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Wednesday, June 17th
Radon testing and radon mitigation are prominent in many Utah homes, but schools don’t always receive the same level of attention. For that reason, Channel 5 KSL-TV, Utah’s local NBC affiliate, partnered with radon technicians and school officials to test six elementary schools in the City of Holladay.
The U.S. Environmental Protection Agency (EPA) recommends taking action if testing shows a radon level at 4 pCi/L or higher. According to the National Cancer Institute, radon is the second leading cause of lung cancer in non-smokers.
The results of the test were encouraging, with just three of the 175 rooms tested coming back with an elevated radon level. Once these elevated levels were found, the school system took action to reduce the level of radon in the rooms. "This one is very simple. We adjust the fresh air dampers that let fresh air into the building, and then the rest of the fan system operates," said Donald Adams, Assistant Superintendent of Support Services for GraniteSchool District.
Further testing confirmed that the changes made by the school were effective, with diminished radon levels appearing on testing. "Of course it's a concern, but it's nothing that we don't check for on a regular basis," said Adams. "So when we see higher levels we go in, we make sure the HVAC system is operating correctly."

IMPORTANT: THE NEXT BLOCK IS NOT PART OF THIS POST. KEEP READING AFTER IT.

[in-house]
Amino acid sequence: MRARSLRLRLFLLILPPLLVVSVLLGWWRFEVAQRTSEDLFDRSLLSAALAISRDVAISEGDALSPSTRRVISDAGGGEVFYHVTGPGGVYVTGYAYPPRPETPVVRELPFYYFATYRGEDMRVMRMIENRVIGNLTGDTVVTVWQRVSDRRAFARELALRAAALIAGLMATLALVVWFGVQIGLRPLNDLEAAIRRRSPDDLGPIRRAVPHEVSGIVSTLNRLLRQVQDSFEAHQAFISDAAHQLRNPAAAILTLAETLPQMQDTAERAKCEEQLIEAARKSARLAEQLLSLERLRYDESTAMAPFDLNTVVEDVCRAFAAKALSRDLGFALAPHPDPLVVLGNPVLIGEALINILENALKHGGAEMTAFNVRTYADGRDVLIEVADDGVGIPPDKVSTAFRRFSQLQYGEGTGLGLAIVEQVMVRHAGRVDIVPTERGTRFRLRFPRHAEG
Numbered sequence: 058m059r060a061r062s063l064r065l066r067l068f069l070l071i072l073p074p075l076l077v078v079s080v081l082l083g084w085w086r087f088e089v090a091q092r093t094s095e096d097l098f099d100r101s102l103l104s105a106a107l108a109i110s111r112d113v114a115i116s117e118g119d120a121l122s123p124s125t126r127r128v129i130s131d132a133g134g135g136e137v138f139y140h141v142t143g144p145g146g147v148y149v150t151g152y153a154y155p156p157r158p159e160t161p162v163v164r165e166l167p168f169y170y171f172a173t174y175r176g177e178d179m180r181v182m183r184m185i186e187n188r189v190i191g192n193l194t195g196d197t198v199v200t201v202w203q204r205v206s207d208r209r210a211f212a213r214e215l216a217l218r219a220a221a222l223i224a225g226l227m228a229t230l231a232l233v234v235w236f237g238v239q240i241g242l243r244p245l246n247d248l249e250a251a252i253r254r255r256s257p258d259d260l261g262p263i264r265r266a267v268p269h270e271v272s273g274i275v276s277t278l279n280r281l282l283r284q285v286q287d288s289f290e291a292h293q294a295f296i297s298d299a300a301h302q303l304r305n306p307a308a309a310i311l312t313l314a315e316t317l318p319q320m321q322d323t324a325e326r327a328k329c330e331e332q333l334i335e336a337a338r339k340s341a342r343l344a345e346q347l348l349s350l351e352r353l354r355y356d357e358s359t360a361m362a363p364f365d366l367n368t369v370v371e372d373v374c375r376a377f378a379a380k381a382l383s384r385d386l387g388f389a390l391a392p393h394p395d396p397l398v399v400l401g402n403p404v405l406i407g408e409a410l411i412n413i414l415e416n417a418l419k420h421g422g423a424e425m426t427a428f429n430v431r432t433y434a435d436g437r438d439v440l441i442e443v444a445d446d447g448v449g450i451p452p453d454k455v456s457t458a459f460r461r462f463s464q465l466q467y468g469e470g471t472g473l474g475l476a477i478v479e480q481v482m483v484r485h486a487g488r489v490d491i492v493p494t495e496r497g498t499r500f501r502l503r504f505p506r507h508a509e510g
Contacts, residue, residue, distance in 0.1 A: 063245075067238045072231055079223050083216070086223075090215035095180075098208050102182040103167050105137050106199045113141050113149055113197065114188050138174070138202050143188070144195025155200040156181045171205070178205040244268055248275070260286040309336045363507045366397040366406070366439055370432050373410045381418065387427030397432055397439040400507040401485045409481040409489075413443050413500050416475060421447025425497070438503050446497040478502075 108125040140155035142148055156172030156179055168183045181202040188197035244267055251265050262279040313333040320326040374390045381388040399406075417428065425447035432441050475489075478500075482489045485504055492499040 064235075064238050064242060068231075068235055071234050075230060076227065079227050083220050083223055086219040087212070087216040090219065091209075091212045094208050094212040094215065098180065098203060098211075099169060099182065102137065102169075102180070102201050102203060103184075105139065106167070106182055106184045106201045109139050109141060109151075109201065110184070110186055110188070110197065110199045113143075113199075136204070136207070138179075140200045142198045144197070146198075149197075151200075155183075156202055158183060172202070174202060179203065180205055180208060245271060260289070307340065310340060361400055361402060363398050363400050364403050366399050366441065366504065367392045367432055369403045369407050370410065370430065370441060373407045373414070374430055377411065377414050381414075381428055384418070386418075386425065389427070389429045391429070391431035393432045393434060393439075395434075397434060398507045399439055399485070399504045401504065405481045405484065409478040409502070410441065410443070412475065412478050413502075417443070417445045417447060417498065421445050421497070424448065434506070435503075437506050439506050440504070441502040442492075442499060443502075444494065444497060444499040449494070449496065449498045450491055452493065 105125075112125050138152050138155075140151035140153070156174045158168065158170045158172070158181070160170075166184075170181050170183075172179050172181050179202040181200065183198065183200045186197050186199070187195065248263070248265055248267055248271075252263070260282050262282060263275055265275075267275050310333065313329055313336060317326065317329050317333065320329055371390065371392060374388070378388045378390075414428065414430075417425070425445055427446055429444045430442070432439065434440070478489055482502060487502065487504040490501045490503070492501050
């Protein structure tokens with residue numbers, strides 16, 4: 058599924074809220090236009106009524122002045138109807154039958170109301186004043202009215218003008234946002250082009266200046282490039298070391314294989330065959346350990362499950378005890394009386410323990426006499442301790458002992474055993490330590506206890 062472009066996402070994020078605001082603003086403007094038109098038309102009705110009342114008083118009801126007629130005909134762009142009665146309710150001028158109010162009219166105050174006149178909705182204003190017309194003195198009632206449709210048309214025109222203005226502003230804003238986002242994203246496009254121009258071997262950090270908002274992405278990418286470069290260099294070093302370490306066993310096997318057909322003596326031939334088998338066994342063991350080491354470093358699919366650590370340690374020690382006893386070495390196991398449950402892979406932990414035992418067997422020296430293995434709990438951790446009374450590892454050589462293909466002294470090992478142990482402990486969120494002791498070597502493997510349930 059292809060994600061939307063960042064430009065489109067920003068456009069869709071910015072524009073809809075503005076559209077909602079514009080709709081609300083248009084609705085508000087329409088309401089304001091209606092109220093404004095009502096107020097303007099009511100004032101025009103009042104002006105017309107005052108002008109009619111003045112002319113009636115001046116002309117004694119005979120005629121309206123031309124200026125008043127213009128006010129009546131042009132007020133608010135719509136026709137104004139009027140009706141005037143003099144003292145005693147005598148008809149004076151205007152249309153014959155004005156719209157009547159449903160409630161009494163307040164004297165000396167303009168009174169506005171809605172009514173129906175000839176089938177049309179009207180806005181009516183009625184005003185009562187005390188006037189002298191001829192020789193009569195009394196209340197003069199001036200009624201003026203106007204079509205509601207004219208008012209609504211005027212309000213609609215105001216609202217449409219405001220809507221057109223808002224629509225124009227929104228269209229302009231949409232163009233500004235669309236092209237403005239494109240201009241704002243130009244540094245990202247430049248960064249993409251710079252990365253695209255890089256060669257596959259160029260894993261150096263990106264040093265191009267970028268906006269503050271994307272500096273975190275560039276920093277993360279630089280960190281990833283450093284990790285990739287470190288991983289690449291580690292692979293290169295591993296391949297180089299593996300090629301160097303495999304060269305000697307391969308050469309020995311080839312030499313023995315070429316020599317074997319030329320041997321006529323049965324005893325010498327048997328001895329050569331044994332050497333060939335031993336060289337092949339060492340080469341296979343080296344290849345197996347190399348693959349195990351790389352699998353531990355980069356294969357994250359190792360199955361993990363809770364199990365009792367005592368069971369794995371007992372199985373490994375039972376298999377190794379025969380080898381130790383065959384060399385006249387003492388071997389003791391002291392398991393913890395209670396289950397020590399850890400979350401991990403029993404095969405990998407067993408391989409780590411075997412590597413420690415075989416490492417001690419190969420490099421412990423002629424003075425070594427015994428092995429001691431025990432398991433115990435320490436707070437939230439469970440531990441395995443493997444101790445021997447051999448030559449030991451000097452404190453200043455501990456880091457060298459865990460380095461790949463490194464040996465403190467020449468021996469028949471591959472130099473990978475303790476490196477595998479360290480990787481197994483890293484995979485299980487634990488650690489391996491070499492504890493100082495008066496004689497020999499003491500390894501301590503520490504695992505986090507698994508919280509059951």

Many school districts regularly conduct random sampling testing, but the EPA recommends testing every room, every year. Due to the inconsistent nature of radon appearance in buildings, it is important to be thorough in testing procedures in schools.
GraniteSchool District says they will continue to investigate the increased radon levels and take appropriate action, but to date Utah remains an unregulated state for radon testing and has yet to take official action at a state level.